Tuesday, June 8, 2021

Indigenous Canada Course

Like many Canadians I was appalled at the discovery of 215 indigenous children at a former residential school in Kamloops BC. 
 Healing Circle | University of Northern British Columbia
 It sparked my desire to become a better ally to my Indigenous friends as well as to ensure that in my early learning program I am using the correct language and a more accurate 'history' than the one provided to me by my heavily biased toward while settler or 'white washed history' via my public school education which seemed to have entirely glossed over many of the horrors that were inflicted upon the indigenous peoples!
I signed up for an course called Indigenous Canada is a 12-lesson Massive Open Online Course (MOOC) from the Faculty of Native Studies that explores Indigenous histories and contemporary issues in Canada. From an Indigenous perspective, this course explores key issues facing Indigenous peoples today from a historical and critical perspective highlighting national and local Indigenous-settler relations. Topics for the 12 lessons include the fur trade and other exchange relationships, land claims and environmental impacts, legal systems and rights, political conflicts and alliances, Indigenous political activism, and contemporary Indigenous life, art and its expressions.  
The Introduction session introduced the importance of recognizing that language and the words we use when talking about Indigenous peoples are not neutral. The classification and naming of Indigenous peoples has been a key tactic used in colonization. Three groups of Aboriginal peoples are recognized by the Canadian Constitution: Indian, Métis, and Inuit. Today, the term "First Nations" is preferred to the word "Indian" in Canada. "Aboriginal," "Indigenous," and "Native" are often used interchangeably. However, certain terms may be applied within specific contexts. In the context of constitutional rights, the term "Aboriginal" is appropriate. Non-Indigenous people are referred to as "settlers," and Canada, for example, could be referred to as a "settler society". Sometimes, the names of Indigenous groups commonly used are not the same as the names the people use to refer to themselves. We respect and honour these names by using the words people use to refer to themselves as much as possible. For example, Cree people refer to themselves as "Nēhiyawak;" we refer to Cree as "Nēhiyawak.

Stories are powerful pedagogical tools that help learners understand their history and the environment in which they live. The teachings from stories allow listeners to come to their own decisions and conclusions. They help demonstrate that there are many different ways of looking at problems, and solutions to those problems. Storytelling has been, and continues to be, a central part of our identity as people and as nations. We can generally distinguish between two types of Indigenous storytelling.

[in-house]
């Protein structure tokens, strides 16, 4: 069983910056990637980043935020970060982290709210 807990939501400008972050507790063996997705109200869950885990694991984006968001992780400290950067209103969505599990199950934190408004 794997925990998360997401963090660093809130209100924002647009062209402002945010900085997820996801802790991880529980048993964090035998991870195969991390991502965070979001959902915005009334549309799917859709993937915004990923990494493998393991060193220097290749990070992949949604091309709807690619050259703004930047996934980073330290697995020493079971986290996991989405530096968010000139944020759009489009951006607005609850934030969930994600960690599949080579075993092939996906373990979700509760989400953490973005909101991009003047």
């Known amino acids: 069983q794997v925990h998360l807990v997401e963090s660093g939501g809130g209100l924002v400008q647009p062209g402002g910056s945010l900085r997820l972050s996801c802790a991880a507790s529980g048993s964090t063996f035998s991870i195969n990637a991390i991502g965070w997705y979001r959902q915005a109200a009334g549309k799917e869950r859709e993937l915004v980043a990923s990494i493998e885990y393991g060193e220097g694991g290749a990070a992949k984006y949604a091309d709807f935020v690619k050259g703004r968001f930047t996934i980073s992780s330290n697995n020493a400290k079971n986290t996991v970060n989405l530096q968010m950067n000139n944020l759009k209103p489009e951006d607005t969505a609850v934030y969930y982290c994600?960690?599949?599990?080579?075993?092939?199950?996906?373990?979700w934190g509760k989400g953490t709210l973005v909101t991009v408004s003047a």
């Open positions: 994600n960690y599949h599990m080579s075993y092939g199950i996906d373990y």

1. Personal stories that include observations, accounts of places, and experiences. This type of story evolves over time, and is based on the needs and relevancy to the population.
  2. Creation or Teaching Stories also known as Myths and Fables. Many of these stories, which are spiritual in nature, remain unchanged over time.

 The speaker shared the Creation story about Turtle Island and how what we call North America is called Turtle Island to the Indigenous.


Abbreviated story of Turtle Island:

Sky Woman falls from the sky. And there's a whole story above that where she lives in the sky world, and why she falls through the sky, falls through the hole in the sky, and the animals help her. The geese help her land on turtle's back, and then the earth is covered in water, and so she asks some of the animals, the water animals, to help her. And so she asks beaver if he can go down and get, she just needs a handful, of dirt because, with that and her magical power, she's able to do something with it. So, he figures, beaver's pretty strong, a strong swimmer, and he says, "I can do this," and he slaps his tail on the top of the water, and he dives down, and he dives, and he dives, and he dives, and he dives, and he dives, but he just can't make it. So he struggles, and he swims back up, and he's kind of hanging on turtle's back, leaning on it, catching his breath, and couldn't make it to the bottom for that handful of earth. And so she asks otter, and otter's a very sleek swimmer and says, "I can do this. I'm a good swimmer. I'm in the water all the time," and he's swimming around, and so he dives down, and he swims, and he swims, and he swims, and he swims and, again, he runs out of air, and has to swim back up. He can't make it. So, again, he gets to the top, and has to rest again on turtle's back. And so then she asks little Muskrat, and he's unsure. He's not a strong swimmer, and she encourages him and gives him some, I guess that encouragement of what he needs, so that he musters it all up, and he decides he's going to try this. And so he swims and does his best. And he swims, and swims, and swims, and swims, and swims, and swims, and he's just about out of air, and he's able just to reach and grab just a few grains, and he swims back up. And he's just about depleted, he can hardly make it, they actually have to help him up for the rest of the way, and he catches his breath, and he gives her those two little grains of earth. And she's able to take those grains, and in her hand, because she has those magical powers, she blows on those and the earth begins to grow off of turtle's back. So, what we call North America today is Turtle Island, and so that's where that creation story comes from.